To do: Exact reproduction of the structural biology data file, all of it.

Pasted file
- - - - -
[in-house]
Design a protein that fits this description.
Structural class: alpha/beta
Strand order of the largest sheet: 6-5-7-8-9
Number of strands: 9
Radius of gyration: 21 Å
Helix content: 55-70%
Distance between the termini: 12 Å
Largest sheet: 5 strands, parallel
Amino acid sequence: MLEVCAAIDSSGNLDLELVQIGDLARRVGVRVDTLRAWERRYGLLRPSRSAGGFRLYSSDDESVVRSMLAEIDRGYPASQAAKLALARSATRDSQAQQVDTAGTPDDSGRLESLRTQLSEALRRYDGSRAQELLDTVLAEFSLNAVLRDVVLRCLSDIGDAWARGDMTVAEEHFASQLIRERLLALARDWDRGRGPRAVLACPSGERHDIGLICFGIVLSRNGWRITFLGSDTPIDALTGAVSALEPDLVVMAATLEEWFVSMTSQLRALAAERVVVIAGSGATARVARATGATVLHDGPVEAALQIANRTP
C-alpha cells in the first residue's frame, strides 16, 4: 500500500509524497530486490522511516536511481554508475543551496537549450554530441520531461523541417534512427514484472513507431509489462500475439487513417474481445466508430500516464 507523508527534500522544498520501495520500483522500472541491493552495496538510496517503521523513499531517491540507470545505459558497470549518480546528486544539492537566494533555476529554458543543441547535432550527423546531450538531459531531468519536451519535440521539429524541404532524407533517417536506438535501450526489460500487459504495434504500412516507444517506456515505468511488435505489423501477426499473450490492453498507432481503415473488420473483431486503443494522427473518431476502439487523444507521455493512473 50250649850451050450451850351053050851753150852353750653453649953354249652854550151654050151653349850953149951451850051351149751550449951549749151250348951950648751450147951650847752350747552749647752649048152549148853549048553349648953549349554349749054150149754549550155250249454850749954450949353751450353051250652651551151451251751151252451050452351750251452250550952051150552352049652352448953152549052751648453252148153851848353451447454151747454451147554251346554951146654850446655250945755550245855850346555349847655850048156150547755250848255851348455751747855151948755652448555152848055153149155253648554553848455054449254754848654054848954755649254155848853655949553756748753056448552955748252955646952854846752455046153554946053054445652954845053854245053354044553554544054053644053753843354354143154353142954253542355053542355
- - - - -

[in-house]
Design a protein that fits this description.
Structural class: alpha/beta
Strand order of the largest sheet: 6-5-7-8-9
Number of strands: 9
Radius of gyration: 21 Å
Helix content: 55-70%
Distance between the termini: 12 Å
Largest sheet: 5 strands, parallel
Amino acid sequence: MLEVCAAIDSSGNLDLELVQIGDLARRVGVRVDTLRAWERRYGLLRPSRSAGGFRLYSSDDESVVRSMLAEIDRGYPASQAAKLALARSATRDSQAQQVDTAGTPDDSGRLESLRTQLSEALRRYDGSRAQELLDTVLAEFSLNAVLRDVVLRCLSDIGDAWARGDMTVAEEHFASQLIRERLLALARDWDRGRGPRAVLACPSGERHDIGLICFGIVLSRNGWRITFLGSDTPIDALTGAVSALEPDLVVMAATLEEWFVSMTSQLRALAAERVVVIAGSGATARVARATGATVLHDGPVEAALQIANRTP
C-alpha cells in the first residue's frame, strides 16, 4: 500500500509524497530486490522511516536511481554508475543551496537549450554530441520531461523541417534512427514484472513507431509489462500475439487513417474481445466508430500516464 507523508527534500522544498520501495520500483522500472541491493552495496538510496517503521523513499531517491540507470545505459558497470549518480546528486544539492537566494533555476529554458543543441547535432550527423546531450538531459531531468519536451519535440521539429524541404532524407533517417536506438535501450526489460500487459504495434504500412516507444517506456515505468511488435505489423501477426499473450490492453498507432481503415473488420473483431486503443494522427473518431476502439487523444507521455493512473 50250649850451050450451850351053050851753150852353750653453649953354249652854550151654050151653349850953149951451850051351149751550449951549749151250348951950648751450147951650847752350747552749647752649048152549148853549048553349648953549349554349749054150149754549550155250249454850749954450949353751450353051250652651551151451251751151252451050452351750251452250550952051150552352049652352448953152549052751648453252148153851848353451447454151747454451147554251346554951146654850446655250945755550245855850346555349847655850048156150547755250848255851348455751747855151948755652448555152848055153149155253648554553848455054449254754848654054848954755649254155848853655949553756748753056448552955748252955646952854846752455046153554946053054445652954845053854245053354044553554544054053644053753843354354143154353142954253542355053542355